Product Development Path to Success
“If you don’t know where you’re going, any direction will do.”
Alice in Wonderland
We are often brought in to help with troubled product development projects that are not progressing as expected. You might expect that the reason for the lack of success would be because of the team’s poor technical skills and this is sometimes the case; however, often it is a lack of clear understanding of the requirements. This is especially true when Management has a deep understanding of the market and Engineering less so, which is very common in small niche market companies.
Without an excellent written Requirements Document
(RD), do you know where you are going? Are you certain your team is all on the same page, or do they each have a different picture in their minds on exactly what the new product will be? A clear written RD, which is discussed and debated by the team, can go a long way to securing a common understanding of the goal.
A good RD is an essential first step in any product development project and should include:
- Everything needed for the product to be successful
- A maximum development budget that cannot be exceeded
- A maximum unit cost when manufactured at a given quantity
- A maximum development time
- All compliance specifications (FCC, UL, CE, etc.)
- Any other quality(ies) that the product needs to have to be considered a success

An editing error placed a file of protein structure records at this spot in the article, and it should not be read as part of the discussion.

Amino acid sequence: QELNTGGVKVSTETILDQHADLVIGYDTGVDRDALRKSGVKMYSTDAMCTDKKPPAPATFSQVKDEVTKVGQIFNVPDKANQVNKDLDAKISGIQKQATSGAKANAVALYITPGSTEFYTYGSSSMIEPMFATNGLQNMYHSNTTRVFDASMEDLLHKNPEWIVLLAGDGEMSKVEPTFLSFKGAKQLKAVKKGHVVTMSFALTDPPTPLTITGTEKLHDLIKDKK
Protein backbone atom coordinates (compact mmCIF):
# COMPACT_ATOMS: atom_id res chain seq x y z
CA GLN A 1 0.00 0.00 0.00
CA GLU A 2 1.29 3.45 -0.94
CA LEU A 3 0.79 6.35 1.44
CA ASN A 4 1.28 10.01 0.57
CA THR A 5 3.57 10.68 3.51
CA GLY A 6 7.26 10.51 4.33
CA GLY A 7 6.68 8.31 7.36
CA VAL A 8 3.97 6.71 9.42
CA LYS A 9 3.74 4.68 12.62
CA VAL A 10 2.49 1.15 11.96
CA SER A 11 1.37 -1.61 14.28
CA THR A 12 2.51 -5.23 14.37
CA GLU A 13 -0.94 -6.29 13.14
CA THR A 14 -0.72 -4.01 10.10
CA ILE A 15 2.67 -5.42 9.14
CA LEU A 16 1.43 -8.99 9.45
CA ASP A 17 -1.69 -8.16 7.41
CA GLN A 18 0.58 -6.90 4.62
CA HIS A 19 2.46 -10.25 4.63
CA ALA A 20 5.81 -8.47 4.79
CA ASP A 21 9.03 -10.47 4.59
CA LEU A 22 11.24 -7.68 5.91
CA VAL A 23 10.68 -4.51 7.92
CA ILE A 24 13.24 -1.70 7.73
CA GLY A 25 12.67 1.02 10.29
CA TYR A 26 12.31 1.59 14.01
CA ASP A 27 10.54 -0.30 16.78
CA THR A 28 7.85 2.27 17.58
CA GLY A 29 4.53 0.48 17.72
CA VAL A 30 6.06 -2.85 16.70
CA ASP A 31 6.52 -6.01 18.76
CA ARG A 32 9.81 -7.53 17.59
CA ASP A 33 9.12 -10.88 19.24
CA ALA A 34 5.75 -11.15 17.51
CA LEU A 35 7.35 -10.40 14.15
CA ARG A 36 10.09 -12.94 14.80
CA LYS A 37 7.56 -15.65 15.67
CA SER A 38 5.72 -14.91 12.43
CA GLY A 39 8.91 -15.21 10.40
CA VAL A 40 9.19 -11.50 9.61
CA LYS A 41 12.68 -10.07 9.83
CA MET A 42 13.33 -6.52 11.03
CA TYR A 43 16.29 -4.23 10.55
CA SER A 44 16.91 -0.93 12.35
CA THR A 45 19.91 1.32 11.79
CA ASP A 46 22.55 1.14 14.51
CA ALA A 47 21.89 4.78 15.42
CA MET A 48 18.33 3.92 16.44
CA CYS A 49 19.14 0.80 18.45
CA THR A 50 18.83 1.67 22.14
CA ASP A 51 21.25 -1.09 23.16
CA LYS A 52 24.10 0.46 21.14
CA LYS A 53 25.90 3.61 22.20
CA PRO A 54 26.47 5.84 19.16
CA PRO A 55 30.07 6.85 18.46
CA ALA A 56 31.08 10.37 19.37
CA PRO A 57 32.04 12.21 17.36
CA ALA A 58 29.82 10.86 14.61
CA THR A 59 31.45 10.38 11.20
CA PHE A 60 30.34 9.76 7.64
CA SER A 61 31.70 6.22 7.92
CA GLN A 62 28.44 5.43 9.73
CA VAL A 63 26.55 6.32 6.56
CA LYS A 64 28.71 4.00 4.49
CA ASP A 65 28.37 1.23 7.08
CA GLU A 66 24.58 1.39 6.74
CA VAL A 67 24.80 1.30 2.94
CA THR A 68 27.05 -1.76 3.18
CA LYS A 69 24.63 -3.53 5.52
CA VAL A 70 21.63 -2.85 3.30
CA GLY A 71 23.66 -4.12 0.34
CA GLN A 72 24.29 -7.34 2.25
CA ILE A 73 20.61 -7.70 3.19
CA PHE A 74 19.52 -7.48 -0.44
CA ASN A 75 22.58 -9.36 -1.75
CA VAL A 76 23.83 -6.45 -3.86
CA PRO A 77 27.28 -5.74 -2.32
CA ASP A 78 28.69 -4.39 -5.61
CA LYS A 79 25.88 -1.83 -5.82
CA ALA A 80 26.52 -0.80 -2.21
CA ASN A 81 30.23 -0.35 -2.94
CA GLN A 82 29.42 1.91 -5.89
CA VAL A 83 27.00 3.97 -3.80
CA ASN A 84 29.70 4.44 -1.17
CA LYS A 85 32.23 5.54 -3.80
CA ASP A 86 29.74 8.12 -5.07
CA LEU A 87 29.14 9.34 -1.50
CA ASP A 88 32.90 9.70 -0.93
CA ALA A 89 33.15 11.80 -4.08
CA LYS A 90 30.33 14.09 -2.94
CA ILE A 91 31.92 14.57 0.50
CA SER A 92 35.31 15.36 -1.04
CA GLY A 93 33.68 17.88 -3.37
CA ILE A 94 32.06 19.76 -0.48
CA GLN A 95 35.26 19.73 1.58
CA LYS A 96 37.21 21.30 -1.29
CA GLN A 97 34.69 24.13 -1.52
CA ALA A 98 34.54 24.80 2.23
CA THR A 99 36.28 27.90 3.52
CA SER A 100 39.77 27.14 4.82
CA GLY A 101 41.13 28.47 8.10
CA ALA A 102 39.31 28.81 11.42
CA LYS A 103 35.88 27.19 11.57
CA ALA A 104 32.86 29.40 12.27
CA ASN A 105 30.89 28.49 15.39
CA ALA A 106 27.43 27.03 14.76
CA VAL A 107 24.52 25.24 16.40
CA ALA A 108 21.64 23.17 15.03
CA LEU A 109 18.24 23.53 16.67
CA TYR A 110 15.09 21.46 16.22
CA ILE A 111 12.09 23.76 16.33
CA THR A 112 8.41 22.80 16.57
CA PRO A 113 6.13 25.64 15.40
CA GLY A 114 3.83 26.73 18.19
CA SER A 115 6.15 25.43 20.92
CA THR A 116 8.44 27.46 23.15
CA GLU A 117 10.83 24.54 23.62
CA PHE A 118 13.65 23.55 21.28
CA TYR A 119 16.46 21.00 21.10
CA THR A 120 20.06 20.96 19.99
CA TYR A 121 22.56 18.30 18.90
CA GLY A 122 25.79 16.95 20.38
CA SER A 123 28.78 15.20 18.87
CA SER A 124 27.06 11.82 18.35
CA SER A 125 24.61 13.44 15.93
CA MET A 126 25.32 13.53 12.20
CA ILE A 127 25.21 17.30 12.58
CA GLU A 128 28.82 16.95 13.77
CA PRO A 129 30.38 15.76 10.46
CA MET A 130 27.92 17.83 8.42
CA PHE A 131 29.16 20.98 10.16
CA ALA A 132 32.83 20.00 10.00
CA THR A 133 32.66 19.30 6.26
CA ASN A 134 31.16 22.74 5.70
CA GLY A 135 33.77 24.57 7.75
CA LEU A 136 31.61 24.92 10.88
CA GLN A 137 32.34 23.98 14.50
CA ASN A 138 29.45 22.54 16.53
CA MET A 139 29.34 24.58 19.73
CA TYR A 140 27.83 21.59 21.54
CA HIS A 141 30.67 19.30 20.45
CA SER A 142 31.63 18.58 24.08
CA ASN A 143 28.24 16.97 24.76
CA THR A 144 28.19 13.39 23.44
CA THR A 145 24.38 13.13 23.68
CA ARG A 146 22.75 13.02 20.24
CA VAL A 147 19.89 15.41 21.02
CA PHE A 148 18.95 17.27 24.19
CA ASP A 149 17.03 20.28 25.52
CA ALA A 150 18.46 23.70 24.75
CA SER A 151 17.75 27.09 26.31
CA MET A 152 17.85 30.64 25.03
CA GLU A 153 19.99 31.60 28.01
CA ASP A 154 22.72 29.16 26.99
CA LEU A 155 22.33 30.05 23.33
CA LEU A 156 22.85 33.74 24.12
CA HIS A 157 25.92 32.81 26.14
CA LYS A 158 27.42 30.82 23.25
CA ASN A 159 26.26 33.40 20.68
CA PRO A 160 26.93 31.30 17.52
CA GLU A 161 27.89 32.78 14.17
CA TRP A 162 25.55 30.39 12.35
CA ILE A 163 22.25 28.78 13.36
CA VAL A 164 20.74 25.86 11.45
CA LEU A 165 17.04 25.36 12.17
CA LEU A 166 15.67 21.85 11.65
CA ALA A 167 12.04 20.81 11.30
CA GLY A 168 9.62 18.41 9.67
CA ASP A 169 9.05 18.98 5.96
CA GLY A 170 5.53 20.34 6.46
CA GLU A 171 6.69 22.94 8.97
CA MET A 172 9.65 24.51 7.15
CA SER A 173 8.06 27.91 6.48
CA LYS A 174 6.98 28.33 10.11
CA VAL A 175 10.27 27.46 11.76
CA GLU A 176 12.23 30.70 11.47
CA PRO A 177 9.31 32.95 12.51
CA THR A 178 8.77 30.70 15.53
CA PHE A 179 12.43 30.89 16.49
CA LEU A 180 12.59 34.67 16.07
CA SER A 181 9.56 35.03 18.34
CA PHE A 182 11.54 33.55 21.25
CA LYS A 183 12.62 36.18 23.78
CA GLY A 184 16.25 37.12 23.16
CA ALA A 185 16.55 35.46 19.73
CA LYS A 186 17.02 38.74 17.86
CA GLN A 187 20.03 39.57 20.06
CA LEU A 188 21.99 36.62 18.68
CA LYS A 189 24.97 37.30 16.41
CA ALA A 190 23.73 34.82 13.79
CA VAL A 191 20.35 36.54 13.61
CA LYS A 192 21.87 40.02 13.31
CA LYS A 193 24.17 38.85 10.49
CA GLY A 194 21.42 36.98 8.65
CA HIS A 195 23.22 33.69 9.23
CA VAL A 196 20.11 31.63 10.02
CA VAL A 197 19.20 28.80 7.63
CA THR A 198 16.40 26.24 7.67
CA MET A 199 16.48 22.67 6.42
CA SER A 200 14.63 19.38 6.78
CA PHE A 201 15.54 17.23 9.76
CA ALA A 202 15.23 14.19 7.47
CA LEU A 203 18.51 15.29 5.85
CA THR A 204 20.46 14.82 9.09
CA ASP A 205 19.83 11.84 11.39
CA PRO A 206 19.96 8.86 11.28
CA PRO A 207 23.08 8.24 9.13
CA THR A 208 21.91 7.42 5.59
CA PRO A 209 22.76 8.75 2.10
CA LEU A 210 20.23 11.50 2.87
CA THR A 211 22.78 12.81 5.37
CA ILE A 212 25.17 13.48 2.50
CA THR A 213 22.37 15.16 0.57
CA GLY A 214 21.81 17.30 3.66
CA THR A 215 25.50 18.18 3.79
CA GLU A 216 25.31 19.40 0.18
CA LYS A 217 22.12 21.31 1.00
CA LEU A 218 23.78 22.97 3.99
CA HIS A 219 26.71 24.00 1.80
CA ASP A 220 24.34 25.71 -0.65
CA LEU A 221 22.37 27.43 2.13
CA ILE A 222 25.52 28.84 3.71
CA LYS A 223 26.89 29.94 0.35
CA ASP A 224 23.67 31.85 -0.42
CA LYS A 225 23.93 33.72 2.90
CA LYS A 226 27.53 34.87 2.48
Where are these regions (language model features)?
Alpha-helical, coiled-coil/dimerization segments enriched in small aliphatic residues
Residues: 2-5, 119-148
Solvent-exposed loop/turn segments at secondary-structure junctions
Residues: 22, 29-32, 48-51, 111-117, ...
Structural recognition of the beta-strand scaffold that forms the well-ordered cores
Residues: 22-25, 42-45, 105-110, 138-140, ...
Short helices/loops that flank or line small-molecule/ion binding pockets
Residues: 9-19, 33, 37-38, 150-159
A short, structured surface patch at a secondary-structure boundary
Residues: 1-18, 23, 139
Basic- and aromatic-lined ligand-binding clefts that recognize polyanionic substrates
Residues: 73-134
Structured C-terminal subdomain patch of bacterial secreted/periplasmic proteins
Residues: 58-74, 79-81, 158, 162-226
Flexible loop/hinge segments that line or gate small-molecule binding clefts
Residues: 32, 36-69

It is helpful to make each requirement quantitative (can be tested objectively) and not qualitative (subjective and interpretive.)
Finally, it is helpful if each requirement is enumerated—not mixed in one long paragraph. Writing an RD will sharpen your focus and create a new understanding of the market needs. Socializing the RD with the management team will create alignment, increase innovation, and help to focus everyone on meeting the goal. Teams make better decisions than individuals, so try to get input from the entire group and ask leading questions.
For example: Can we meet the unit cost with the specified budget? Can we meet the functional requirements, or are they wishful thinking? How will this product compare to other competitive products in the market place? How will this product change the market and how we sell the product? Can we manufacture this product? Can we support this product? How will the product affect the existing product? Are there technical skills we lack in designing this product?
If you would like a Requirements Document
template or a second opinion on your existing RD, reply to this email. Finish Line specializes in helping small niche market companies develop technology products, and we would love to be part of your team.